COLLEGE STATION, Texas On the day a man credited with saving millions of lives worldwide would have turned 100, officials in Washington dedicated a statue in his honor.
Dr. Norman Borlaug is widely regarded as America's greatest agricultural scientist, but it's a name many outside the agricultural industry don't recognize.
"His main accomplishments were in wheat," said Director of Texas A&M Agrilife Research, Craig Nessler.
Among his works, Borlaug developed a wheat that could hold more grain, and was resistant to diseases. Nessler said that design impacted millions of people.
"So when he went to countries like India, Mexico and Pakistan, they were food importers," said Nessler. "And by the time his work was finished, they were exporting food to other parts of the world."
For his contributions to the world food supply, Borlaug was awarded the Nobel Peace Prize, the Congressional Gold Medal, and several other prestigious awards.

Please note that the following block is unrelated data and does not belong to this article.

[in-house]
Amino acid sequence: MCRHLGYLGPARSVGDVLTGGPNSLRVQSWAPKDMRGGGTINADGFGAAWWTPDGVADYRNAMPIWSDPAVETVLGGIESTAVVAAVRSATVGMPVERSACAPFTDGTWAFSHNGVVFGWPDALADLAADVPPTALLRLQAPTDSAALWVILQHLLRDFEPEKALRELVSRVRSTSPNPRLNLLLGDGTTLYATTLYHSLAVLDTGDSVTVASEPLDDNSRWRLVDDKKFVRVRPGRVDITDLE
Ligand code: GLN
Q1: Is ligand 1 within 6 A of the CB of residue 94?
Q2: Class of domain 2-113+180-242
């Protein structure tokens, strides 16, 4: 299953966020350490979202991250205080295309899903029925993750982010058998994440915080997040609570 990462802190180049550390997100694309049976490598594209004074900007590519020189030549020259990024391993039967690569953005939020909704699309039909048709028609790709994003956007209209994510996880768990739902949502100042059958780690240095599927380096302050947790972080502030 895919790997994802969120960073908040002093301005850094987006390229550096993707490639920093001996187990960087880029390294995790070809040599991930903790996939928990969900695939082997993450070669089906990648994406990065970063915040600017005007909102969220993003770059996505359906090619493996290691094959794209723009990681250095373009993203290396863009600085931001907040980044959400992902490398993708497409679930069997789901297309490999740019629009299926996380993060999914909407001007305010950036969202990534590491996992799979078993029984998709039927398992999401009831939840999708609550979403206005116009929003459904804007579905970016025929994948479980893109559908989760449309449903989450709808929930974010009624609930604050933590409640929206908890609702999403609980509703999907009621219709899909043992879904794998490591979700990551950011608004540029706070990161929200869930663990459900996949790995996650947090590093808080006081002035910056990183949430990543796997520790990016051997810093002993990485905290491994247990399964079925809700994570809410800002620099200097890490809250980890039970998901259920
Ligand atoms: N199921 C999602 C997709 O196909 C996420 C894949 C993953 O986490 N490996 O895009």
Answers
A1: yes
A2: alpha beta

"As you get older, the one thing you realize is that you have to make a difference. And he made a difference," said Nessler.
Dr. Borlaug started working at Texas A&M University in 1984, at the age of 70. He worked there until his death in 2009.
"Because he lived such a long life, he contributed a lot to this university during the time he was here," said Nessler.
Interim President of the Borlaug Institute at Texas A&M, Elsa Murano said she'll never forget the day she first met Borlaug in 1995.
"I was a professor in nutrition and food science, and I remember attending a lecture that he gave to our food science club," said Murano. "That began a friendship that lasted until he passed away."
Murano said she's honored to carry on Borlaug's legacy.
"It's coming around full circle for me, that I'm able to be given the platform to do this. And it's a fight that requires lots of workers," said Murano.
Nessler said Texas A&M wants to continue Borlaug's work to fight hunger around the world. Especially in Africa, where Borlaug said was one of the few places he wasn't able to reach.